A reverse auction is a process in which sellers bid to sell their goods and services. The bidder at a reverse auction is the seller, as opposed to a traditional auction where the buyer is the bidder. For example, a company might put up a request to hire an accounting company for a special project. The bidder that offers to fill the request at the lowest price or best terms usually wins the reverse auction, although other factors might come into play. When conducted on the Internet, the process is called "e-bidding" or "e-procurement." Reverse auctions can be effective, but only when there is a sufficient amount of competition.

Buyers Conserve Resources

In the regular request for proposal process, sellers frequently make bids using their own formats and styles. By comparison, in Internet reverse auctions, sellers bid by filling out standardized forms and charts specified by the auction site in conjunction with the buyer. Buyers save time and money through reverse auctions because all of the bids arrive in the same format, which simplifies comparison. The buyer can easily eliminate certain bids that don't conform to deadline or price requirements. In addition, the buyer has the flexibility to rule out a low bidder that doesn't meet the quality standards set by the buyer. E-procurement software allows buyers and sellers to communicate and refine the details of the bid.

Risk of Bad Specs

A disadvantage to the buyer is the need to write detailed specifications up front for the products or services it wishes to buy. The deadline pressure of a reverse auction front-loads the need to create complete specifications. This differs from other methods, which typically involve a reiterative process in which the specifications are negotiated, corrected and refined over a period of time. Misunderstandings stemming from incorrect or incomplete reverse auction specifications can result in a buyer selecting the wrong bidder. Depending on how the contracts are written, this can be a huge, expensive hassle to straighten out. In some cases, the buyer might have to enter into a new reverse auction after fixing the specification.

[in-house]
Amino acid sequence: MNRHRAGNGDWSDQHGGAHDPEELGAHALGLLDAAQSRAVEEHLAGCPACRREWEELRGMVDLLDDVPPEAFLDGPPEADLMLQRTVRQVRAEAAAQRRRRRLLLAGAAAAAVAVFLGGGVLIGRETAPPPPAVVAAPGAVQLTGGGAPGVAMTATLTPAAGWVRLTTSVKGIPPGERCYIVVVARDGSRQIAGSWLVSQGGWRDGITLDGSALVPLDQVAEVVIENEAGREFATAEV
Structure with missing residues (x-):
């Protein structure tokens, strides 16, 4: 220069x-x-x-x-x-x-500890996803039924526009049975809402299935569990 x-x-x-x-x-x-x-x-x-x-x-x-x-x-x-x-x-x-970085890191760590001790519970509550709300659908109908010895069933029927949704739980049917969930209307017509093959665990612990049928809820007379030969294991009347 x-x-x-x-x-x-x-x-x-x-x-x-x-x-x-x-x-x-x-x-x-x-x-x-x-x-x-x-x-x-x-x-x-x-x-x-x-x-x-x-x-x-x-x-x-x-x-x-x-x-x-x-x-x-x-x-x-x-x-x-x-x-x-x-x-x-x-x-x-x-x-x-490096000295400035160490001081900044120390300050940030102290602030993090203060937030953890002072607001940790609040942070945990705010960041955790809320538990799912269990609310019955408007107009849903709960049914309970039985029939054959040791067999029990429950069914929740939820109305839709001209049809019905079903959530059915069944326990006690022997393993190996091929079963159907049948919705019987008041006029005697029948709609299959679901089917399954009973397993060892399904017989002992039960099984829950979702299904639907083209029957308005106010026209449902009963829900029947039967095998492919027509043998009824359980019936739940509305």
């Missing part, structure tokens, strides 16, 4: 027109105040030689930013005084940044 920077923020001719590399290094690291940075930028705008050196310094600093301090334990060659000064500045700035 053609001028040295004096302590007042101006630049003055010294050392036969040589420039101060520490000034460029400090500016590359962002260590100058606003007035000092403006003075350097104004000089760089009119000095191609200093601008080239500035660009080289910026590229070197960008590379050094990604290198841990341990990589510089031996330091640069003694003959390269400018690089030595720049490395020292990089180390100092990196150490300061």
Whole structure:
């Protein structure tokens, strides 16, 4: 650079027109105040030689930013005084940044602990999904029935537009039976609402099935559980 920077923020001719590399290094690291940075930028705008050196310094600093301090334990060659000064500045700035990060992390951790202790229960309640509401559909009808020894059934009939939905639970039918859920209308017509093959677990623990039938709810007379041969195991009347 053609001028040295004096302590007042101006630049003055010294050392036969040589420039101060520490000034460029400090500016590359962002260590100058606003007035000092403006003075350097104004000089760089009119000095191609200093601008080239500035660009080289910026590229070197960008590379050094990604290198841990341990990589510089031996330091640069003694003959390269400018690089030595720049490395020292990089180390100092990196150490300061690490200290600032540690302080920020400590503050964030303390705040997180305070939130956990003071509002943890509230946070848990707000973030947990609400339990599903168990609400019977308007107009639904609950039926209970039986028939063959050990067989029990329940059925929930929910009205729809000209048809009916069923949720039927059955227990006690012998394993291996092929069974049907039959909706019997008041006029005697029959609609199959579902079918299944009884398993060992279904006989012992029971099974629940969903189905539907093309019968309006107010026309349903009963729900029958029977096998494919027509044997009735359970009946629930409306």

Access for Sellers

Reverse auctions, especially ones on the Internet, have the advantage of allowing participants from around the globe to compete for business. This increases a seller's access to foreign markets. It also allows smaller businesses to compete on an equal footing with the big players. By concentrating on qualified buyers, sellers at reverse auctions can eliminate wasteful marketing and selling expenditures on clients that are unlikely to purchase. In fact, companies that operate primarily through reverse auctions might function with a minimal sales staff.

Rush to the Bottom

Just as in regular auctions, a reverse auction puts pressure on the bidder to outdo the competition. This might mean throwing in added services or cutting prices so low that it eliminates profits. If a seller repeatedly gives away the store at reverse auctions, it won't remain in business very long.

Competition is Key

Reverse auctions only work when there is real competition. If only one or two vendors bid, the buyer might accept terms that result in higher, rather than lower, prices. Competition also enables sellers to find different ways to compete beyond price alone, thereby providing more options to buyers. Too much competition, however, can cause bidders to make unrealistic bids that understate the final bill. Buyers benefit from understanding all of the fine print attached to each bid, so that they avoid surprises after the contract is awarded.